Get your dog's attention by saying his or her name, and show it you have a treat in your hand. Hold the treat in front of the dog's nose. Repeat your dog's name followed by the "down" command said in a clear, firm, and confident voice. Move the treat down toward the floor, slowly. When your dog's hocks and elbows are on the floor, say "good down" in an encouraging tone. Give your dog the treat and praise him or her profusely. Repeat the exercise 5-6 times.
As well as with the "sit" command, avoid pushing the dog down if it doesn't lie after a few tries. Instead, keep watching the dog until it lies down naturally, and say "down" when it does. Then reward the dog.
ComeThis is a very important basic command that can help protect your dog from dangerous situations by calling it to you. The dog should be on the leash for this exercise.
Start at the end of the leash. When the dog is not paying a lot of attention to you, say his or her name followed by the "come" command a clear, firm, and confident voice. Tap on your knees and step backwards, or make other movements you like to encourage the dog to come to you. If it doesn't come, you may tug on the leash slightly. As soon as your dog comes to you, praise it profusely. Make it clear that coming to you is a positive thing. Repeat the exercise 5-6 times. As your dog progresses, you may want to start practise this command without the leash. NOTE: if you do it outdoors, make sure your yard has a secure fence lest your dog escapes.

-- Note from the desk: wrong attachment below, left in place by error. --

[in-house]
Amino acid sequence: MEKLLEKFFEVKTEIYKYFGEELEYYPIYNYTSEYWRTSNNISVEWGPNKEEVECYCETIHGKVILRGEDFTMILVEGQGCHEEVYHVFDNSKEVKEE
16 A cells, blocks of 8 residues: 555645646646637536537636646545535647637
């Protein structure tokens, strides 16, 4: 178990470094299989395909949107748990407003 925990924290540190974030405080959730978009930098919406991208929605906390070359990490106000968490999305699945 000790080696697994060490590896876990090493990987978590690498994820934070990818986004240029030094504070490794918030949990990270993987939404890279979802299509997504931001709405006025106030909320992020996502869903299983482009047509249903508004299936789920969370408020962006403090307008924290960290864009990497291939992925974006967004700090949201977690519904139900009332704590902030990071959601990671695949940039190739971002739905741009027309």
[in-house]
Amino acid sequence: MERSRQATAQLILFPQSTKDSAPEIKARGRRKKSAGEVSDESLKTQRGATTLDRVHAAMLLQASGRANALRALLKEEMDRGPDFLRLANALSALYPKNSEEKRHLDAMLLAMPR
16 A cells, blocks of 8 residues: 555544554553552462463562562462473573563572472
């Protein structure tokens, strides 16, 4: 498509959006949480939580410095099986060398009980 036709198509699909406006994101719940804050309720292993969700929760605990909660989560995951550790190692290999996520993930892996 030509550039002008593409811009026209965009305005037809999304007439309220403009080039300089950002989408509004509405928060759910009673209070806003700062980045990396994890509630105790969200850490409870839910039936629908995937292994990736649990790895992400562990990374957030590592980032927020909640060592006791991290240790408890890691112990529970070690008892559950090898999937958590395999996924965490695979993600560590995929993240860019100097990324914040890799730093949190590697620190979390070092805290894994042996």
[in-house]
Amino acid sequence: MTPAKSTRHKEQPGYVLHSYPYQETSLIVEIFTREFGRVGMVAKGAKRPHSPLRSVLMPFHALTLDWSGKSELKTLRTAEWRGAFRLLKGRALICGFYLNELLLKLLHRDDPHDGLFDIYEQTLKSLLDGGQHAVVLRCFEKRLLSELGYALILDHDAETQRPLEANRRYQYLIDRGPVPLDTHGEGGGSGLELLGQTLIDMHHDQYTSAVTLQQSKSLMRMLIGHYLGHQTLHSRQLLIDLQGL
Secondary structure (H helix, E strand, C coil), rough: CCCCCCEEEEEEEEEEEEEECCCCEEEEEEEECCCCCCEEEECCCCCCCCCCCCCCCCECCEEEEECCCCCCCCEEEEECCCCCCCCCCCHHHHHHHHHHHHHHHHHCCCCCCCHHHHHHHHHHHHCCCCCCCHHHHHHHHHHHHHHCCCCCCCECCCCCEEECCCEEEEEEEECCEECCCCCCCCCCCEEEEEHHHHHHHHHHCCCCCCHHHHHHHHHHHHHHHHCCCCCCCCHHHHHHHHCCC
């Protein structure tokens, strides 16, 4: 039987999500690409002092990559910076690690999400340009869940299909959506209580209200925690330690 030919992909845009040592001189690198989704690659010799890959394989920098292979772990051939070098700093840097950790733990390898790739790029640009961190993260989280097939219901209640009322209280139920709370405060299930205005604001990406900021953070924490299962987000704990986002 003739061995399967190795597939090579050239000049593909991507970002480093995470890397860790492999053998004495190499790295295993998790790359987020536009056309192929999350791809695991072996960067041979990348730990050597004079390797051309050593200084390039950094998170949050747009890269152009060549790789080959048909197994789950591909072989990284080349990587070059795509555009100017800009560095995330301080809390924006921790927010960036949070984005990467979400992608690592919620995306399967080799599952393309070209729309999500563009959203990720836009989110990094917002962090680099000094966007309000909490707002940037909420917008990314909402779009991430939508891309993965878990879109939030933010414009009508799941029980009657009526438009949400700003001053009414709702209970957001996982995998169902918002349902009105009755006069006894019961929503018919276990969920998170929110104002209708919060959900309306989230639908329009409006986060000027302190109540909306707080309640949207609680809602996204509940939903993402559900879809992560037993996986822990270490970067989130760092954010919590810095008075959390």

There a few important things to remember about the "come" command. First of all, rewarding with treats can be tricky because if you call your dog in an emergency situation and it sees you have no treats, it may not come to you next time. It's advised that you use praise instead of treats. Secondly, the "come" command must never be used to call your dog for negative things such as punishment, baths (until your dog enjoys them), taking pills and so on. You should be the one to come to your dog in these situations. Do not use the "come" command in an angry voice, either. If your dog tries to run away from you, do not run after it – this will be understood as a game, and it will also undermine your leading position. Try turning the situation around by calling the dog's name and running away from it. He may then run after you in play. If it happens, say "good come" and reward the dog with praise. If it doesn't happen, ignore the dog for a while so it calms down before you proceed with the exercise.